The SLIME Trace Dialog, in package
slime-trace-dialog, is a
tracing facility, similar to Common Lisp’s
interactive rather than purely textual. It is an Emacs 24-only
You use it just like you would regular
trace: after tracing a
function, calling it causes interesting information about that
particular call to be reported.
However, instead of printing the trace results to the
*trace-output* stream (usually the REPL), the SLIME
Trace Dialog collects and stores them in your lisp environment until,
on user’s request, they are fetched into Emacs and displayed in a
dialog-like interactive view.
To use this contrib, add it to
slime-contribs in your
~/.emacs, either directly by setting up
;; setting up 'slime-fancy would also have worked (add-to-list 'slime-contribs 'slime-trace-dialog)
After starting up SLIME, SLIME’s Trace Dialog installs
a Trace menu in the menu-bar of any
slime-mode buffer and
adds two new commands, with respective key-bindings:
If point is on a symbol name, toggle tracing of its function definition. If point is not on a symbol, prompt user for a function.
With a C-u prefix argument, and if your lisp implementation allows it, attempt to decipher lambdas, methods and other complicated function signatures.
The function is traced for the SLIME Trace Dialog only, i.e. it is
not found in the list returned by Common Lisp’s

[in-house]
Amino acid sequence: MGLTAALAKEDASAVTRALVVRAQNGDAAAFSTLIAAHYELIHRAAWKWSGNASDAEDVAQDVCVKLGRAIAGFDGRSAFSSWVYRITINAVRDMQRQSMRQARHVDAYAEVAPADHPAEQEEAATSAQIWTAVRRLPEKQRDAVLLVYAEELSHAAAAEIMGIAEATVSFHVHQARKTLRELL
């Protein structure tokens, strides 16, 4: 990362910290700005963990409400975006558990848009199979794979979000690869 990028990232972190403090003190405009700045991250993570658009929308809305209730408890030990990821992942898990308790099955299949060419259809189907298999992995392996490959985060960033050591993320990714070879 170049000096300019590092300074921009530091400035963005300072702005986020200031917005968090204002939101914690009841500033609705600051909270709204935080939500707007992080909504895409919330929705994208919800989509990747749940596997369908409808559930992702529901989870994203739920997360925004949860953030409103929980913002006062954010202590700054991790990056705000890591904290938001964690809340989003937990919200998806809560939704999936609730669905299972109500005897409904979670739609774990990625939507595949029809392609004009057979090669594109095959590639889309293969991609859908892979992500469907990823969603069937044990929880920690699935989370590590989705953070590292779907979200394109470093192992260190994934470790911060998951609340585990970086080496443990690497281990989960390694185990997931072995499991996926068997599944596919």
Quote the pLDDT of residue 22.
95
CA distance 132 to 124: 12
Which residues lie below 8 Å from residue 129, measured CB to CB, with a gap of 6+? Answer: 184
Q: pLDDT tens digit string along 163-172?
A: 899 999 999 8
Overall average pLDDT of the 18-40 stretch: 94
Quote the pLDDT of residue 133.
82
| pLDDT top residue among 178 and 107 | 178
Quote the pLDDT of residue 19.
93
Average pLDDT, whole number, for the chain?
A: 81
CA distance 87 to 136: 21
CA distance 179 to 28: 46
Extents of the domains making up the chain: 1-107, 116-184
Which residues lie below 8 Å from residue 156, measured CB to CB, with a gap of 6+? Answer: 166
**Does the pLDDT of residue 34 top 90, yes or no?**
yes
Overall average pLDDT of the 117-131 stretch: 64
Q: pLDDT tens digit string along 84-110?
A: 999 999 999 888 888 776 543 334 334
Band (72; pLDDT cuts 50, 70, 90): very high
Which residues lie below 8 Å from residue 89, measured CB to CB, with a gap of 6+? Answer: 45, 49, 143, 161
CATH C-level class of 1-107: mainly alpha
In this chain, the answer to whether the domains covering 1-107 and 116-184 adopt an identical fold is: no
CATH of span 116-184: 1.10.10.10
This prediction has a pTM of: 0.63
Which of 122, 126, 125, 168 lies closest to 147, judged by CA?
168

Pop to the interactive SLIME Trace Dialog buffer associated with the current connection (see Multiple connections).
Consider the (useless) program:
(defun foo (n) (if (plusp n) (* n (bar (1- n))) 1)) (defun bar (n) (if (plusp n) (* n (foo (1- n))) 1))
After tracing both
bar with C-c M-t,
(foo 2) and moving to the trace dialog with
C-c T, we are presented with this buffer.
Traced specs (2) [refresh] [untrace all] [untrace] common-lisp-user::bar [untrace] common-lisp-user::foo Trace collection status (3/3) [refresh] [clear] 0 - common-lisp-user::foo | > 2 | < 2 1 `--- common-lisp-user::bar | > 1 | < 1 2 `-- common-lisp-user::foo > 0 < 1
The dialog is divided into sections displaying the functions already traced, the trace collection progress and the actual trace tree that follow your program’s logic. The most important key-bindings in this buffer are:
Update information on the trace collection and traced specs.
Fetch the next batch of outstanding (not fetched yet) traces. With a C-u prefix argument, repeat until no more outstanding traces.
Prompt for confirmation, then clear all traces, both fetched and outstanding.
The arguments and return values below each entry are interactive
buttons. Clicking them opens the inspector
(see Inspector). Invoking M-RET
slime-trace-dialog-copy-down-to-repl) returns them to the REPL
for manipulation (see REPL). The number left of each entry
indicates its absolute position in the calling order, which might
differ from display order in case multiple threads call the same
slime-trace-dialog-hide-details-mode hides arguments and return
values so you can concentrate on the calling logic. Additionally,
slime-trace-dialog-autofollow-mode will automatically
display additional detail about an entry when the cursor moves over